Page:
Senior business leaders Monday said the time has come to end the widespread stigma and discrimination against people living with HIV/AIDS.
To set an example, 10 determined business leaders, along with managers of the Gleaner Company Ltd., breakfasted and socialised yesterday with a number of persons living with the disease. Attending the breakfast were business leaders Beverley Lopez, Audrey Hinchcliffe, Doreen Frankson, Maurice Facey, Desmond Blades, Aubyn Hill, Winston Dear, Paul Pennicook, Robert McMillan, Monica Ladd and Oliver Clarke.
It is estimated that 22,000 persons in Jamaica are living with HIV/AIDS, and many are unaware that they are carriers, according to the Jamaica Gleaner.
“I want to see (more) business persons putting in AIDS policies and providing help, both monetary and personal, as we can act as examples to others and help provide opportunities for people living with HIV,” declared Aubyn Hill, managing partner of Corporate Strategies Limited, a restructuring and financial advisory firm.
Mr. Hill, the former managing director of National Commercial Bank who is now assisting with the restructuring of Air Jamaica, said he will be focusing more attention on providing various resources to fight the deadly disease which grew by four per cent last year. In 2003, there were 1,070 reported cases across the island.
“The stigma there is so thick you can cut it with a power saw,” one person living with HIV/AIDS said in reference to the treatment meted out by staff at a public health institution.
Audrey Hinchcliffe, president of the Jamaica Employers’ Federation, said that the firm which she heads, Manpower and Management Services, is already working with AIDS-related agencies and has a policy of providing support to infected persons. HIV-infected persons are kept on her payroll and they are paid a portion of their salaries when they are too sick to continue working.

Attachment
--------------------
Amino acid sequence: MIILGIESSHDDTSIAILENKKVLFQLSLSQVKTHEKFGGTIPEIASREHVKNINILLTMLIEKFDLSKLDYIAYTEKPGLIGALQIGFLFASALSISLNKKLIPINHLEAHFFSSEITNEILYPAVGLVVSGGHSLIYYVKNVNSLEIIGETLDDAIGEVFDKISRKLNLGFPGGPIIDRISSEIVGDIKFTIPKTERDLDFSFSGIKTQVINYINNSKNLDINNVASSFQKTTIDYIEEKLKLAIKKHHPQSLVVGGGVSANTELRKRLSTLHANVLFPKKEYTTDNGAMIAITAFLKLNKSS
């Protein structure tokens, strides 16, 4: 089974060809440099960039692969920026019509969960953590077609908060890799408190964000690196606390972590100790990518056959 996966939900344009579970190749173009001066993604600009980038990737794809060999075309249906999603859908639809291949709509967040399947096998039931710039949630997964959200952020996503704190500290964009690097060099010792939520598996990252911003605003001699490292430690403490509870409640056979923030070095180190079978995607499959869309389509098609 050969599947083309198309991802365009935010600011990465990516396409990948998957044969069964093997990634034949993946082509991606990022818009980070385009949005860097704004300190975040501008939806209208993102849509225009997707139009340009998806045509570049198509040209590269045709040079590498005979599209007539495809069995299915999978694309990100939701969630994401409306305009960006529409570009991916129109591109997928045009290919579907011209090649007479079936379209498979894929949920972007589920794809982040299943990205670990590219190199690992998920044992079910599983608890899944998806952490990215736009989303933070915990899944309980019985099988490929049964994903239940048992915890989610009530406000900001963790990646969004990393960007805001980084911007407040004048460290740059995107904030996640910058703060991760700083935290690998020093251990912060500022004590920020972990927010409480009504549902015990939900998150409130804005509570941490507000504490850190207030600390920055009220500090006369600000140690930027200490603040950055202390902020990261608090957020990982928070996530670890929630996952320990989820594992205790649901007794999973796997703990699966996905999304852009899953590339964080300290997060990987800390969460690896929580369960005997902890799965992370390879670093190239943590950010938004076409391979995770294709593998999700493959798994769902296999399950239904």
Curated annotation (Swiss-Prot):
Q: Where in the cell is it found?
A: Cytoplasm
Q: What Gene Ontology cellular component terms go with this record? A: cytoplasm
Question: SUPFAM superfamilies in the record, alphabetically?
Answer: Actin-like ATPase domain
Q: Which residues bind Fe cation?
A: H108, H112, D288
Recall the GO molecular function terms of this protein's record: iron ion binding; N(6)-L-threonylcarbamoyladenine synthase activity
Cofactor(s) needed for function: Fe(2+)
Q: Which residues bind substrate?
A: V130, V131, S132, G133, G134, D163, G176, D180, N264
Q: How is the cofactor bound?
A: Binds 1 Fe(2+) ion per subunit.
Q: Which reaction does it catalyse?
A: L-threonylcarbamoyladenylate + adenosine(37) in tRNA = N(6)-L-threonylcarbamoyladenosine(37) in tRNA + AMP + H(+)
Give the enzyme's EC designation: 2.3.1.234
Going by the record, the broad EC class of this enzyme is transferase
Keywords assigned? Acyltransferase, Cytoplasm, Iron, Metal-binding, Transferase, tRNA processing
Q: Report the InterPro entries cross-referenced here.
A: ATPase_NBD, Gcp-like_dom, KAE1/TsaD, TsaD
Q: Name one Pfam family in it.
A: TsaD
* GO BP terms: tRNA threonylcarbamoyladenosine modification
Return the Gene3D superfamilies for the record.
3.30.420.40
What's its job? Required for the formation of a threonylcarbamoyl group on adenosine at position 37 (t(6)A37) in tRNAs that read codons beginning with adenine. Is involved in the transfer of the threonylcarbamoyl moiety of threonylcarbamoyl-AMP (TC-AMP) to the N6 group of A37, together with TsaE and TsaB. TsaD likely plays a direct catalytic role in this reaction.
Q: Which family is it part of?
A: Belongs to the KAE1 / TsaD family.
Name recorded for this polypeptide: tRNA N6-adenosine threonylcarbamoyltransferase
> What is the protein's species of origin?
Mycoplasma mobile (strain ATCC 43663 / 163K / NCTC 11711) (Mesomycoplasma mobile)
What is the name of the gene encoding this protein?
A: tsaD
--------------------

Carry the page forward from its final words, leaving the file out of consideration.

“I am aware of the issue. I am going to think about it and see what we can do,” said Jamaica Manufacturers’ Association (JMA) President Doreen Frankson.
The meeting was also attended by Earl Jarrett, managing director of the Jamaica National Building Society; Dr. Peter Figueroa of the Ministry of Health; and Ruth Janke, executive director of the National AIDS Committee.
“People living with HIV/AIDS continue to face discrimination in all walks of life – at the workplace and unfortunately they may lose their job or they might feel so uncomfortable they are forced to leave their jobs. It is clearly not so in all workplaces. At the community level, there are still problems and unfortunately even in the health sector,” Dr. Figueroa, chief of epidemiology and HIV/AIDS. The business leaders, after hearing from persons living with the deadly disease, committed themselves to spread the message about the effects of discrimination, to take a closer look at HIV policies and to talk with their workers about safer sex practices.